China’s manufacturing (EC11CHPM) contracted for a second month in December as Europe’s debt crisis cut export demand, fueling speculation that the central bank may cut lenders’ reserve requirements within days.
A purchasing managers’ index was at 48.7 in December from 47.7 in November, HSBC Holdings Plc and Markit Economics said today. A reading below 50 indicates a contraction.
Export orders (CNFREXPY) fell in December for the first time in three months and domestic demand was “sluggish,” today’s report said. Demand for cash ahead of the week-long Chinese Lunar New Year holiday starting Jan. 23 may give officials an additional reason to cut banks’ reserve ratios after a reduction last month that was the first since 2008.
“A reserve ratio cut is likely to happen by Jan. 3, before markets resume trading,” said Li Wei, a Shanghai-based economist with Standard Chartered Bank. China’s exports are under threat because “the euro area is slipping into a recession and the U.S. is also expected to slow down in early 2012,” Li said.
A deeper slowdown in China, the world’s second-biggest economy, would impair a global expansion that is already faltering because of Europe’s austerity measures. Asian stocks rose today, paring the regional index’s first annual decline in three years, on signs of strength in the U.S. economy, where a report yesterday showed stronger-than-forecast home sales.
‘Starting to Bite’
In China, “weakening external demand is starting to bite,” said Qu Hongbin, a Hong Kong-based economist for HSBC. Policy easing may enable China’s economy to avoid a “hard landing,” he said.
Elsewhere in Asia, data from South Korea showed the government wrestling with elevated inflation even as threats to growth mount. The leadership handover in North Korea as Kim Jong Un takes control after the death of Kim Jong Il may undermine confidence in the South by adding to the risk of instability on the Korean peninsula.
South Korea’s inflation exceeded the central bank’s target and all forecasts in a Bloomberg News survey (KOCPIYOY), limiting the scope for an interest-rate cut in January to support growth. Consumer prices rose 4.2 percent from a year earlier, matching November’s gain, Statistics Korea said. The median estimate of 12 analysts was 4 percent, and the central bank targets inflation of 2 percent to 4 percent.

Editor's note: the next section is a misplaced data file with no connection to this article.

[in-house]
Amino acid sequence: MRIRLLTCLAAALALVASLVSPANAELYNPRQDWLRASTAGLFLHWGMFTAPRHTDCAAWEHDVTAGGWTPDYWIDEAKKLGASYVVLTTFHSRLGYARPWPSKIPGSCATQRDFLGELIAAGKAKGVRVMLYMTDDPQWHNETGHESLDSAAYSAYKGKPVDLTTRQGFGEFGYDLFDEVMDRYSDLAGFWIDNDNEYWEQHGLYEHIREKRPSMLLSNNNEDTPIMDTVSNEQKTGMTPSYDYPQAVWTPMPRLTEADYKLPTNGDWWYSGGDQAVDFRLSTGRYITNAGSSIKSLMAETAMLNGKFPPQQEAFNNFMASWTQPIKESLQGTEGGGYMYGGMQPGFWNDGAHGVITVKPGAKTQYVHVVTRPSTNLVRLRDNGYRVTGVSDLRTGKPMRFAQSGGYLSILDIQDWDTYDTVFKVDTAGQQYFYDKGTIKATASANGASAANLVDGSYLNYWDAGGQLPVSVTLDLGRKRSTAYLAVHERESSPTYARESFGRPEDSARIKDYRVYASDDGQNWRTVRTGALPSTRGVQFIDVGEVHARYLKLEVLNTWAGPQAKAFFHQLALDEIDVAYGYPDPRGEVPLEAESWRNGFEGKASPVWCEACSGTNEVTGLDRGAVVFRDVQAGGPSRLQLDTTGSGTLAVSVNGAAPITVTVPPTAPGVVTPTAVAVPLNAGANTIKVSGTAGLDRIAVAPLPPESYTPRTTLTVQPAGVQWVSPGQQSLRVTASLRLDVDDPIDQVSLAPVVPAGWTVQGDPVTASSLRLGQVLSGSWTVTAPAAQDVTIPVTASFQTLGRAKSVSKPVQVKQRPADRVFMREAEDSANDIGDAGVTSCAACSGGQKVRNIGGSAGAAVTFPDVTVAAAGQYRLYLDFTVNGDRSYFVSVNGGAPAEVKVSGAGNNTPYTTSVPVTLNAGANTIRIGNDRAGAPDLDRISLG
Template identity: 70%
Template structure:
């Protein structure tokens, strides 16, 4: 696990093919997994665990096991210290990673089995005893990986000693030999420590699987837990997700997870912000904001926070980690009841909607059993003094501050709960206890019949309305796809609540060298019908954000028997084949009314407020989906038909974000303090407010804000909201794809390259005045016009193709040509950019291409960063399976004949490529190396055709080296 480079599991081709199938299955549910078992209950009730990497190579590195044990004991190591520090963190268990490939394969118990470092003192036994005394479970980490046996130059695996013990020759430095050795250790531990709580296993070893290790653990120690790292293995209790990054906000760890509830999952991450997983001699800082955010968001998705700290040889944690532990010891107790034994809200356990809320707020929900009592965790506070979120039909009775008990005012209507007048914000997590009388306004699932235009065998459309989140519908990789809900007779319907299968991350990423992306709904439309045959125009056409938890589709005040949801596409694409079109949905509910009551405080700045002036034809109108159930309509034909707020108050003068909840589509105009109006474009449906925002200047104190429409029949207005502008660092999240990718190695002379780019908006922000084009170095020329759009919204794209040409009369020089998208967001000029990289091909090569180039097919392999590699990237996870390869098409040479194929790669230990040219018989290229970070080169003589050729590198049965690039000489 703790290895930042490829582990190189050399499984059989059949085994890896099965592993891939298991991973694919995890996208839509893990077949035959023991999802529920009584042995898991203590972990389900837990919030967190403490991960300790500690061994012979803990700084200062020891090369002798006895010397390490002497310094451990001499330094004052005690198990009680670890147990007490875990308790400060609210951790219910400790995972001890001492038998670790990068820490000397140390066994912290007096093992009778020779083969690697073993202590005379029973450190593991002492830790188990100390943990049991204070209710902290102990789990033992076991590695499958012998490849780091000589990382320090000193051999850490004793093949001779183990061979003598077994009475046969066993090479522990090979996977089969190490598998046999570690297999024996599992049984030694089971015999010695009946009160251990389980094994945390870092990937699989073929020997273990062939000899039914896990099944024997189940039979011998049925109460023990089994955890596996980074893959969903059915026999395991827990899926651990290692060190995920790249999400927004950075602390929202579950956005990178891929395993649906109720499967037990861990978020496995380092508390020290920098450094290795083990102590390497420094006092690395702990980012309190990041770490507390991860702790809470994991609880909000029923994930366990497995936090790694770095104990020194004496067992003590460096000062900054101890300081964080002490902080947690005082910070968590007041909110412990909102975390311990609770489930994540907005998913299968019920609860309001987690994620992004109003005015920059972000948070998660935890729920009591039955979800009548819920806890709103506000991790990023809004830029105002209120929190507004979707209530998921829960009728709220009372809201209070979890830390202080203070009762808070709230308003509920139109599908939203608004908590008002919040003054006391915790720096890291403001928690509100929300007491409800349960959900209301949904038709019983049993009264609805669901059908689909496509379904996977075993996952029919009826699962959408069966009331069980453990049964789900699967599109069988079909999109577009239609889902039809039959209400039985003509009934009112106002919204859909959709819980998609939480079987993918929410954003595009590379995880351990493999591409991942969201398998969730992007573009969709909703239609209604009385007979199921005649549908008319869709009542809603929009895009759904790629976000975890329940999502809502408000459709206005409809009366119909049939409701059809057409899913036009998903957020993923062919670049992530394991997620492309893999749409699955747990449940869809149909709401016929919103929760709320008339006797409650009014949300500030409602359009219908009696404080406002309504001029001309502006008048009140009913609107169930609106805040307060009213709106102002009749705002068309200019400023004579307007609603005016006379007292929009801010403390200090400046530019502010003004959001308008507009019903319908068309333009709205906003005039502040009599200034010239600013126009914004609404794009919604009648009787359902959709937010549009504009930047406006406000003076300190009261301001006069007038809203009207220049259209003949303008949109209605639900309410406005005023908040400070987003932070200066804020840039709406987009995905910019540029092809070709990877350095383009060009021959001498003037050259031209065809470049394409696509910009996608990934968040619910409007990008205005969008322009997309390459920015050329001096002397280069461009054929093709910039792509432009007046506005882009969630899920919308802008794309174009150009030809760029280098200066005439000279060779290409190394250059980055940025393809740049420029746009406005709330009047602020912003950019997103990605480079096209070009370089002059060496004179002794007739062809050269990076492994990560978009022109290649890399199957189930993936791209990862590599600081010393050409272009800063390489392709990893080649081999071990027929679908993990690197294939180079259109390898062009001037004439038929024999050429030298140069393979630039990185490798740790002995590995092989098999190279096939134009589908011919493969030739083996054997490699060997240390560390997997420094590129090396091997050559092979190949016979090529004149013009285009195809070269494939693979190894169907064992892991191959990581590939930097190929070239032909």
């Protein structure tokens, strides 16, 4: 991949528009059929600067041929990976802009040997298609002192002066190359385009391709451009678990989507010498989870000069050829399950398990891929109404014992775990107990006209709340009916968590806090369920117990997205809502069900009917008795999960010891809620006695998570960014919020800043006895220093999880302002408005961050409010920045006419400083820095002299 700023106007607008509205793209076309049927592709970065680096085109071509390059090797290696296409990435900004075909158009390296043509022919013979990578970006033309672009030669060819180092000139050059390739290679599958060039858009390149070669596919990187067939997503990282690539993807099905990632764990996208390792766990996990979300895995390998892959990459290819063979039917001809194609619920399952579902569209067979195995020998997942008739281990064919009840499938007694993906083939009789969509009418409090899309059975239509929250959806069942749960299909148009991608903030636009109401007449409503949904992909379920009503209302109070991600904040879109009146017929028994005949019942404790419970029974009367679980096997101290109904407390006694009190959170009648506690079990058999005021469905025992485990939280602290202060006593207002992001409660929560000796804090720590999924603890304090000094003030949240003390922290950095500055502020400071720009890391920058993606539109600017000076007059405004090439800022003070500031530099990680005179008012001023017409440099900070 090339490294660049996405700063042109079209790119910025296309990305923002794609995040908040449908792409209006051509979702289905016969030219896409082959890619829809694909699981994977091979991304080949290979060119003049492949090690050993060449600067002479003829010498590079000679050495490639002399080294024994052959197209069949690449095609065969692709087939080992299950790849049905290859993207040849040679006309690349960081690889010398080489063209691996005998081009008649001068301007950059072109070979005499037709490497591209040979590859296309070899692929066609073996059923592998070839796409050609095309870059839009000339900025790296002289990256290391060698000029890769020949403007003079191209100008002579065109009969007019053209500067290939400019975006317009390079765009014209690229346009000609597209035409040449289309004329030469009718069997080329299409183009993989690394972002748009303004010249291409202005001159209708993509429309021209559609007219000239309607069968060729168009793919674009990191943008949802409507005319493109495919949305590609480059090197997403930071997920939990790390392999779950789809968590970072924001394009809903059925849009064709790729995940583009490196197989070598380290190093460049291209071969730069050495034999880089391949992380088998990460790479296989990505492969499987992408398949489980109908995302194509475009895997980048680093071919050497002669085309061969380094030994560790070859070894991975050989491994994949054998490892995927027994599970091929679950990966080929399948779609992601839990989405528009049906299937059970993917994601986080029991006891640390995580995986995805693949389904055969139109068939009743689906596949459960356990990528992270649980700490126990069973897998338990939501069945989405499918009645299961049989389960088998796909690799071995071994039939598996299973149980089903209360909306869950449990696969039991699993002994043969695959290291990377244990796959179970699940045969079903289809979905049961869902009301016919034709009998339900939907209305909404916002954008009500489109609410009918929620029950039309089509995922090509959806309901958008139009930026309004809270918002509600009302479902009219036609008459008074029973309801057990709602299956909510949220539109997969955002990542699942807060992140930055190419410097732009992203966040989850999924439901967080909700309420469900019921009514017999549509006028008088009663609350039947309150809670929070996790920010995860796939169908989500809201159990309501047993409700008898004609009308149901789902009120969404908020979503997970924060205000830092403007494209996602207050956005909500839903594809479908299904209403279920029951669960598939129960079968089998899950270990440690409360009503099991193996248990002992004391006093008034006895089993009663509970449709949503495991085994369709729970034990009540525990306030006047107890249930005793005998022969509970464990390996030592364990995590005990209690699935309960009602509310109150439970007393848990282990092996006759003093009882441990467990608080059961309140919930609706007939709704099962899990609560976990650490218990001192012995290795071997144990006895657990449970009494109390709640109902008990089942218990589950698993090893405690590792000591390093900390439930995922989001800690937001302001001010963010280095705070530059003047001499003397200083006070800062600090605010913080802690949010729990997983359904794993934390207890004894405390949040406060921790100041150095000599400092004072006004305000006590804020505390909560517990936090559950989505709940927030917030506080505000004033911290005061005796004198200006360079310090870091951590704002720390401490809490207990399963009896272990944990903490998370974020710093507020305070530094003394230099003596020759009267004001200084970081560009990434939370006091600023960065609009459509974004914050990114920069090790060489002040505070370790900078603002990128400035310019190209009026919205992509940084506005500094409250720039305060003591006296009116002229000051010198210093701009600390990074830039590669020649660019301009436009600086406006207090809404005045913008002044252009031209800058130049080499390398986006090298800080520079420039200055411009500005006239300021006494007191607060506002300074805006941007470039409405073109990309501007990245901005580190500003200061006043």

In Australia earlier, a central bank report showed private lending by banks and other financial companies rose 0.3 percent in November from the prior month, matching the median of nine economists’ forecasts.
In Europe today, reports may show house prices in the U.K. were unchanged in December from a month ago and German retail sales rose 0.2 percent in November from the prior month, according to the median estimates of economists surveyed by Bloomberg.
In Spain, a report may show consumer prices advanced 2.5 percent in December from a year ago, while figures on Italian producer prices may show a 0.1 percent gain in November from the month before, surveys showed.
The Chinese manufacturing index released today is based on answers to questionnaires sent to purchasing executives at over 400 manufacturing companies. The statistics bureau and the China Federation of Logistics and Purchasing will release a separate manufacturing index (CPMINDX) on Jan. 1. Last month, that gauge showed the first contraction since February 2009.
In November, China’s export growth was the weakest since 2009, excluding seasonal distortions at the start of each year.
Hitachi Construction Machinery Co. (6305), Japan’s second-largest heavy-equipment maker, said this month that Chinese demand for excavators will decline in the first half of next year, as the government prolongs a crackdown on property speculation.
China’s inflation slowed to 4.2 percent in November, the slowest pace in 14 months. Third-quarter economic growth of 9.1 percent was the least in two years.
To contact Bloomberg News staff on this story: Victoria Ruan in Beijing at email@example.com